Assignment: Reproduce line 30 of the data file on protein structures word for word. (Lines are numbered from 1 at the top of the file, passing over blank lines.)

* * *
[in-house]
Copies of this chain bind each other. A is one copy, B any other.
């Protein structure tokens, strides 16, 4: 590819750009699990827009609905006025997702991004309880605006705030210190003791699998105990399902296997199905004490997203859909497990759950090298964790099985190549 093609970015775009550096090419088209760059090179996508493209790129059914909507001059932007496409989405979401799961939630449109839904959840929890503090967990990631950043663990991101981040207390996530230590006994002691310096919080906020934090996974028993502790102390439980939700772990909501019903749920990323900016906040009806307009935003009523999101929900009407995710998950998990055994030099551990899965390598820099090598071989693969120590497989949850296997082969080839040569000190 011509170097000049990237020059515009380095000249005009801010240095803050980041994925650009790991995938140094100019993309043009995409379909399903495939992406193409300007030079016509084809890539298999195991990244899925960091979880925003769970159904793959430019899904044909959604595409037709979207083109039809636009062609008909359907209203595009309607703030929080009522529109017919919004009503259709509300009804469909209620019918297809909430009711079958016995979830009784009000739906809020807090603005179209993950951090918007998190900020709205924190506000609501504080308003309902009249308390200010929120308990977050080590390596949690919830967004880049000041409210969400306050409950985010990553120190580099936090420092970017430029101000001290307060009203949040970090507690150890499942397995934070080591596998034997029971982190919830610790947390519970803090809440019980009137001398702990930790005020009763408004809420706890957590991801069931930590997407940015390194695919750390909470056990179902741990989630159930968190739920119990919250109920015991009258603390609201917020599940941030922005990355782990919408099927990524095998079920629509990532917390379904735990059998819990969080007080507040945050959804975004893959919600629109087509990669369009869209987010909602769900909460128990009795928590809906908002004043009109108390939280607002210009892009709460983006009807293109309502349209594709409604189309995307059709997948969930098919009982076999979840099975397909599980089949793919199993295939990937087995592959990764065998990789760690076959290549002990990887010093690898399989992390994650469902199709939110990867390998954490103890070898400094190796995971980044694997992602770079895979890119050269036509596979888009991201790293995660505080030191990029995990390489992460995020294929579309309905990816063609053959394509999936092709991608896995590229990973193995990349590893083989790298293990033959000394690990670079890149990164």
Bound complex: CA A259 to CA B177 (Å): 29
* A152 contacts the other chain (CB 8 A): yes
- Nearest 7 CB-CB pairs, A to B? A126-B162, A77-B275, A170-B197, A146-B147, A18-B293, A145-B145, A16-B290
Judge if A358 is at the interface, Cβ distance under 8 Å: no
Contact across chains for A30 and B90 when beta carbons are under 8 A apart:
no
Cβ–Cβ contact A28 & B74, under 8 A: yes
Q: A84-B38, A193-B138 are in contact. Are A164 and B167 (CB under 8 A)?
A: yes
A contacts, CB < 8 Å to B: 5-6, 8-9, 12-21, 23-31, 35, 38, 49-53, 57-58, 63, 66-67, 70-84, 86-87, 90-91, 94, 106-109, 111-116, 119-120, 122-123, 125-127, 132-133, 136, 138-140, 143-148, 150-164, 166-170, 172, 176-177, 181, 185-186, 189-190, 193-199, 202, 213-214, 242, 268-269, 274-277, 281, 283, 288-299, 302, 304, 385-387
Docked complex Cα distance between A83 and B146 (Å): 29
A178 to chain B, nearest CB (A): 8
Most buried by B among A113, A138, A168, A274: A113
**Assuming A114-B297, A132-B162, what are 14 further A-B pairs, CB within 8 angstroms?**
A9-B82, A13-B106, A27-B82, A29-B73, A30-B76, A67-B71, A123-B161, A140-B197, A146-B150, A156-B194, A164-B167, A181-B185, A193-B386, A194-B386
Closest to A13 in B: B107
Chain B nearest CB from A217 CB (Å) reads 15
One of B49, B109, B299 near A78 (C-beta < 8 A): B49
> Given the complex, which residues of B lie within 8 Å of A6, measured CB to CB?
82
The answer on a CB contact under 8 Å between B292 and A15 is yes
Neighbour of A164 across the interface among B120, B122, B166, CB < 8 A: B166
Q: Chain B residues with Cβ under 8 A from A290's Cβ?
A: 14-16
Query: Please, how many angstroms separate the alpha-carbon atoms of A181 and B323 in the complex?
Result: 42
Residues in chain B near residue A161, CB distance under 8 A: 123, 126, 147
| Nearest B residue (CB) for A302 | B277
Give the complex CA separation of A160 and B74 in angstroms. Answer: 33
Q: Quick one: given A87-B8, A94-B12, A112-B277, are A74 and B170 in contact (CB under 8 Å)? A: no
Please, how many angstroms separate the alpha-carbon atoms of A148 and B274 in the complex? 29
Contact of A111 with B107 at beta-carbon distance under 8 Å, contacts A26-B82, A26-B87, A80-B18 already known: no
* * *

Residues in chain B near residue A161, CB distance under 8 A: 123, 126, 147